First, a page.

NEW YORK - Smoke from Canadian wildfires shrouded New York in an apocalyptic smog Wednesday as cities along the US East Coast issued air quality alerts and thousands evacuated their homes in Canada.
The Big Apple's mayor urged residents to stay indoors as the thick haze of pollution cast an eerie, yellowish glow over Manhattan's famous skyscrapers and delayed flights in and out the city.
More than 100 million people across America's northeast, and extending west to Chicago and south to Atlanta, were under pollution warnings after the smoke drifted hundreds of miles from Canada, the US Environmental Protection Agency (EPA) said.
"It smells like someone is doing a barbecue," said Nicha Suaittiyanon, a 30-year-old tourist to New York City from Thailand, who complained of "watery and itchy" eyes.
Forty-three-year-old lawyer Hugh Hill said his throat had been "stinging" from the harmful haze, which he likened to the smell of a wood-burning fire.
Like many New Yorkers, he chose to cover his face while out walking his dog in Central Park, normally Manhattan's green lung.
"I don't know if it's psychological or physical, but I know there's some benefit to wearing a mask. Obviously, it's not going to prevent everything, but the dog has to be walked," he told AFP.
IQAir.com, which tracks air quality around the world, said New York -- normally known for its piercing blue skies -- was enduring the worst AQI of any major city in the world. New Delhi, renowned for its pollution, was the second worst.
New York is normally outside the top 3,000 worst cities for pollution, according to the website.
- 'Hazardous' -
The Big Apple's air quality index (AQI) reached a "hazardous" 392 at 3:30 pm (1930 GMT), according to AirNow, another monitor. Five hundred is the maximum on the EPA's scale.
New York City health commissioner Aswin Vasan said the metropolis was experiencing its worse air quality since the 1960s, while New York state Governor Kathy Hochul called it an "emergency crisis" that could last several days.
All outdoor activities at New York City's public schools were suspended, with Mayor Eric Adams urging city dwellers to limit outdoor time to "the absolute necessities."
"This is not the day to train for a marathon," he told reporters.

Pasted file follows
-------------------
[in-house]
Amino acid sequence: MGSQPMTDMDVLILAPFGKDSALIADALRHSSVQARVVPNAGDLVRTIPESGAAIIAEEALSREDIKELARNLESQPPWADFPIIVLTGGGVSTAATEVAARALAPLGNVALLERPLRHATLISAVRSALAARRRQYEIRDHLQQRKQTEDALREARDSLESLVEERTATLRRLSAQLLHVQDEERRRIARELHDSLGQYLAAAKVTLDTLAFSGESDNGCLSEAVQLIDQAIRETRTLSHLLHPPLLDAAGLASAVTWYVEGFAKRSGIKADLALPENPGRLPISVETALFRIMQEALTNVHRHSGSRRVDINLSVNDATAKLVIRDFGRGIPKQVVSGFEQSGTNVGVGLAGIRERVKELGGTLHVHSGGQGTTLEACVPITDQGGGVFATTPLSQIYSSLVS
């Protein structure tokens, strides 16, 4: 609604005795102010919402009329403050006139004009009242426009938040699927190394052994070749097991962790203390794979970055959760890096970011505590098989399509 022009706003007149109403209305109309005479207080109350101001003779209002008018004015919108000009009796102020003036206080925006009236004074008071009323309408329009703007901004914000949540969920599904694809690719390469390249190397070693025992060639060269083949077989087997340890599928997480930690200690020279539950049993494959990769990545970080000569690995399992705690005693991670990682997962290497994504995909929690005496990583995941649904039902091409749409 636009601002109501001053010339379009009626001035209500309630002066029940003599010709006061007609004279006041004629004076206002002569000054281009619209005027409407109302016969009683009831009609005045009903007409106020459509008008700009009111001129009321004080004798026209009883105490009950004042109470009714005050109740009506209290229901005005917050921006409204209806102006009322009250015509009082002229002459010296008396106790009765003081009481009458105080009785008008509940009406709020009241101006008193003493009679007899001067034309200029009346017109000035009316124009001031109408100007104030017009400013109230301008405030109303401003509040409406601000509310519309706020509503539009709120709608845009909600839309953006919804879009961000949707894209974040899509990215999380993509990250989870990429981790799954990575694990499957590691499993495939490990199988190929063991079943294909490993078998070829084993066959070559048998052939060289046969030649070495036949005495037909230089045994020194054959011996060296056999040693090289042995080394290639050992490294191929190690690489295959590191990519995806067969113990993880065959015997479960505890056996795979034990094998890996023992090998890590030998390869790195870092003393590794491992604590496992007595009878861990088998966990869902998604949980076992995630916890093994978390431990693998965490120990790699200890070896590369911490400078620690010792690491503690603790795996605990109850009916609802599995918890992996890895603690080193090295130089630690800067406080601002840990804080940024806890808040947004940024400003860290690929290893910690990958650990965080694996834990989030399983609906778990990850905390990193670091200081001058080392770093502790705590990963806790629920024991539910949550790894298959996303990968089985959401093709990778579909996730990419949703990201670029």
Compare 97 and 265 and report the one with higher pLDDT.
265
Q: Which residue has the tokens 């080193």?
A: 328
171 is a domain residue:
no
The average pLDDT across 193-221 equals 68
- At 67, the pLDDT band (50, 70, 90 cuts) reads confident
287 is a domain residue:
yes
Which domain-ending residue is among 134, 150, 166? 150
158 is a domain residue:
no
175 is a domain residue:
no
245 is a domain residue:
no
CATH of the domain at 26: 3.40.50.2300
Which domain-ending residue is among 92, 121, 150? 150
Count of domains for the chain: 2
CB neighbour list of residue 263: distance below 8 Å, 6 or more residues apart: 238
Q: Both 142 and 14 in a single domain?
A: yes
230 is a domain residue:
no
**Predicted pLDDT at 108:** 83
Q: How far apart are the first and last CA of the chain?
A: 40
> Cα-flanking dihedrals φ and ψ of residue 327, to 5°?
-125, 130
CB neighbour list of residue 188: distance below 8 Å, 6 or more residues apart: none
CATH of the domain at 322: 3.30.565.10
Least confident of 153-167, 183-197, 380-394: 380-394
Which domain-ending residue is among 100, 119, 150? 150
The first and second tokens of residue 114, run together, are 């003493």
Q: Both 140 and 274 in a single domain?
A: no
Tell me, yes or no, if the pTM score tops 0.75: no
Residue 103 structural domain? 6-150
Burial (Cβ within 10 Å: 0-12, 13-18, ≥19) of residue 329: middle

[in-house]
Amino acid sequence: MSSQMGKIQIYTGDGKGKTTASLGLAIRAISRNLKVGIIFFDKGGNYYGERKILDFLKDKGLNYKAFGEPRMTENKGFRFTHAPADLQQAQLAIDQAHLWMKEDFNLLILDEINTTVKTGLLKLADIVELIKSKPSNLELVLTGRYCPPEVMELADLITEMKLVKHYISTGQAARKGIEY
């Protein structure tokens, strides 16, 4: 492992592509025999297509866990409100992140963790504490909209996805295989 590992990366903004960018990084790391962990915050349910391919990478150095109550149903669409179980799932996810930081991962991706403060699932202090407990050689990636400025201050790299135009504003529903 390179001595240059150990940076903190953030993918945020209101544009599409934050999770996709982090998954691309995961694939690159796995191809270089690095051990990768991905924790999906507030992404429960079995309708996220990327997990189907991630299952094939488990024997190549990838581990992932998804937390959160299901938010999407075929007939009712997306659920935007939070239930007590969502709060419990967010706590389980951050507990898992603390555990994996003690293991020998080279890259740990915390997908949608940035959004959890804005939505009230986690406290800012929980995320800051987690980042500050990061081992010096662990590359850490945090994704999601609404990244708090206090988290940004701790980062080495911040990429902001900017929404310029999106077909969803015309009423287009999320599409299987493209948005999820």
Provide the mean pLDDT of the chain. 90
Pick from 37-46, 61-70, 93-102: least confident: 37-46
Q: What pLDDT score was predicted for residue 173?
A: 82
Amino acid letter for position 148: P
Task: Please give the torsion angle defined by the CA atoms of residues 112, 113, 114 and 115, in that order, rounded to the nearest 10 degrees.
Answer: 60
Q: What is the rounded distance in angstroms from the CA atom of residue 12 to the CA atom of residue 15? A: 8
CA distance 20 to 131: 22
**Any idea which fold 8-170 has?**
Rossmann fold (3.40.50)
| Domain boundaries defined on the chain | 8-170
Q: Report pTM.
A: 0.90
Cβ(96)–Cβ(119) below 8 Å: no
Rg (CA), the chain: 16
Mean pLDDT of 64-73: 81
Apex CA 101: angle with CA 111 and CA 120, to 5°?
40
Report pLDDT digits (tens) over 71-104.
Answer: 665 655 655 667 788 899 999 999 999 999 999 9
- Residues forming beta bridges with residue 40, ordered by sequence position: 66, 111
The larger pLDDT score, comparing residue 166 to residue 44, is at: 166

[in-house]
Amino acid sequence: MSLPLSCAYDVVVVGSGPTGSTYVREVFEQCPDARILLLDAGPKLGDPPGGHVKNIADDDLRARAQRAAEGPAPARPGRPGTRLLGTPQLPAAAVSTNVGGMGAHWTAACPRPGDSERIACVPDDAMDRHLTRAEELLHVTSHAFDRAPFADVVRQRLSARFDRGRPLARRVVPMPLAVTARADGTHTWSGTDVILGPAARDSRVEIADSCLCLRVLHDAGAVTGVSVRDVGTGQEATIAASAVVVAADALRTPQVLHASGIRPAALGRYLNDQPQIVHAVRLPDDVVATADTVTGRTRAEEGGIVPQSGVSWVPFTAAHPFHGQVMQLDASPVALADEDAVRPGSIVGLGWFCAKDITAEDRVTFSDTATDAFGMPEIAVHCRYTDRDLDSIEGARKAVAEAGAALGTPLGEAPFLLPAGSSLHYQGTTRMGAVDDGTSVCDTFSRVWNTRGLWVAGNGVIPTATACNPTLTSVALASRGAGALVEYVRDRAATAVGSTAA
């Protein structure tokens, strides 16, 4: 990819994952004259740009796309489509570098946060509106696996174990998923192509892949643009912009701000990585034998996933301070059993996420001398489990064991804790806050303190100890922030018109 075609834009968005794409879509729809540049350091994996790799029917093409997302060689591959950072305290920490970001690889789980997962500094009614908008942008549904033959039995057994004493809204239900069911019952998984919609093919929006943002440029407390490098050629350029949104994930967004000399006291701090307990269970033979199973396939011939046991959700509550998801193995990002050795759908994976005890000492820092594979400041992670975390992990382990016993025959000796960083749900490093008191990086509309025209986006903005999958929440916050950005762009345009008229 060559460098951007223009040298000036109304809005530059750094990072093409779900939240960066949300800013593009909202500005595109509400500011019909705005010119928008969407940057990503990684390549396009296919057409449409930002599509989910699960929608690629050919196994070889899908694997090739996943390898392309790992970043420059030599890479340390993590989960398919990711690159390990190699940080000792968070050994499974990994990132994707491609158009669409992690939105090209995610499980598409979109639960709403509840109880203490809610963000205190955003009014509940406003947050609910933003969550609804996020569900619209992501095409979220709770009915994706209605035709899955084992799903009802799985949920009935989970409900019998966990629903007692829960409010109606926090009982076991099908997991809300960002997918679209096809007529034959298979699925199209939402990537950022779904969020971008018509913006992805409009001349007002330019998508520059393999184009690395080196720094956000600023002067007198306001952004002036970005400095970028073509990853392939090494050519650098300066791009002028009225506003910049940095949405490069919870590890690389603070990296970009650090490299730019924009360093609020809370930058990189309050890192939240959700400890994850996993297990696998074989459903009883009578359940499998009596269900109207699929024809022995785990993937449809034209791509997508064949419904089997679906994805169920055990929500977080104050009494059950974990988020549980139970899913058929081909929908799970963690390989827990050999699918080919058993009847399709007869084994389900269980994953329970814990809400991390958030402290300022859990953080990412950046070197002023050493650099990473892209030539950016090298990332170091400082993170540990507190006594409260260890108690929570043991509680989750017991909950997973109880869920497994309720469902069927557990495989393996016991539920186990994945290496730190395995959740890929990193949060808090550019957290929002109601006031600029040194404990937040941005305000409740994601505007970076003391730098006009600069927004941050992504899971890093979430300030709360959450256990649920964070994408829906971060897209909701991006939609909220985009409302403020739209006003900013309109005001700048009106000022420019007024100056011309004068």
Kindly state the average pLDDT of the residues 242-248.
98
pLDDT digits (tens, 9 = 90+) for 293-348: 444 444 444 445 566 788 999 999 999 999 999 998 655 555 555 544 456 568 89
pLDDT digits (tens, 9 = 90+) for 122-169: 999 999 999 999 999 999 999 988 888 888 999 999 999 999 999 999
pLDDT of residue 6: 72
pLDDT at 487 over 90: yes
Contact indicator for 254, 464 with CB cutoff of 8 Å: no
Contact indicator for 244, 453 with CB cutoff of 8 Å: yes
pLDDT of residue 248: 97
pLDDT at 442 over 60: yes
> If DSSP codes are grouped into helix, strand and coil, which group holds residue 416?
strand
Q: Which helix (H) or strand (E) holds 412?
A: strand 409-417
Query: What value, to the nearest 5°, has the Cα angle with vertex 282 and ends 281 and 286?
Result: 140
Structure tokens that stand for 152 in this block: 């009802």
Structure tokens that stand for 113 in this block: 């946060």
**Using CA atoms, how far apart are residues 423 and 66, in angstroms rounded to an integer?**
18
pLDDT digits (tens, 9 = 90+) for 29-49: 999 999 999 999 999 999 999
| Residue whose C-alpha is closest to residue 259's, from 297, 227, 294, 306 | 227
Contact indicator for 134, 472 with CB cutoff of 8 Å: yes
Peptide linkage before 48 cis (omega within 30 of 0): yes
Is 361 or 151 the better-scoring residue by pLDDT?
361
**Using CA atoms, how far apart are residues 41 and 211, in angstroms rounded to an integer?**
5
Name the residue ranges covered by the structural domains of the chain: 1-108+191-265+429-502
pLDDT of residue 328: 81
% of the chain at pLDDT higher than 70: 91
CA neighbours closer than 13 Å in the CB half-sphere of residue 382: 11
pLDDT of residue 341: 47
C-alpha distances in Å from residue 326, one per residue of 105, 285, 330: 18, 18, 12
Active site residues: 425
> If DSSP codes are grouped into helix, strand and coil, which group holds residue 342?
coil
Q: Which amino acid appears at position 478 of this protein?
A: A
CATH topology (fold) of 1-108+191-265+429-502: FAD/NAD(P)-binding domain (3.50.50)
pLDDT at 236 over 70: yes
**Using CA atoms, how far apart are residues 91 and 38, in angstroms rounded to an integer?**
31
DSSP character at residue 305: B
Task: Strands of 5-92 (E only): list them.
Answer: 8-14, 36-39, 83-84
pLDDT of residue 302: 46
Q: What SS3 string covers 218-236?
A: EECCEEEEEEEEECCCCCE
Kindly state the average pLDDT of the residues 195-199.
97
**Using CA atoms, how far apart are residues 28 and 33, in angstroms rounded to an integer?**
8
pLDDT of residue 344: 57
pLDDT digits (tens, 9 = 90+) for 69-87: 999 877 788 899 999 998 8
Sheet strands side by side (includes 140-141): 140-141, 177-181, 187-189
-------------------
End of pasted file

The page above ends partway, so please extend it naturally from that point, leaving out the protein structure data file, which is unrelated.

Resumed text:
The smog enveloped the Statue of Liberty and the Manhattan skyline, with the Federal Aviation Administration saying it had slowed traffic to and from the city's airports "due to reduced visibility."
Mathematics professor Evangelia Antonakos, 47, said she was worried about impact the high particle count would have on her five-year-old son.
"At home we closed our windows and put our air filters on," she told AFP.
Organizers canceled the opening night of a concert series in Brooklyn set to feature Corinne Bailey Rae on Wednesday due to the poor air quality.
And the actress Jodie Comer walked off the stage of her one-woman Broadway show "Prima Facie" after just ten minutes, citing breathing difficulties, and was replaced by an understudy, a spokesman for the production told AFP.
Residents of the US capital also endured an acrid smell and cloudy skies Wednesday despite sunny weather.
Washington authorities warned that the air quality was "unhealthy for people with heart or lung disease, older adults, children and teens" and canceled all outdoor activities in public schools, including sports lessons.
- 'Climate crisis' -
White House spokeswoman Karine Jean-Pierre said the situation was an "alarming example of the ways in which the climate crisis is disturbing our lives."
Scientists say warming temperatures increase the risk of the hot, dry weather that often fans wildfires.
In Canada's Quebec province, now the epicenter of the devastating wildfires that have ravaged the country, more than 11,000 locals have already been evacuated.
Another 4,000 are expected to flee by the end of Wednesday, said Quebec Premier Francois Legault.
US President Joe Biden said on Twitter that more than 600 US firefighters and other personnel, along with equipment, had been deployed to Canada to help battle the blazes.
Back in New York City, Jack Wright, a 76-year-old retired lawyer said the pollution had "kinda generated a cough all day long."
"I quit smoking 50 years ago, but it's a kind of a cough I would have when I was smoking," he told AFP, braving a walk along the East River, which separates Manhattan and Brooklyn.
Not everyone, though, was disturbed by the unusual stench that hung over the city of 8.7 million residents..
"It does not bother me. You know, New York often smells strange," said 78-year-old retiree Pamela Roderick.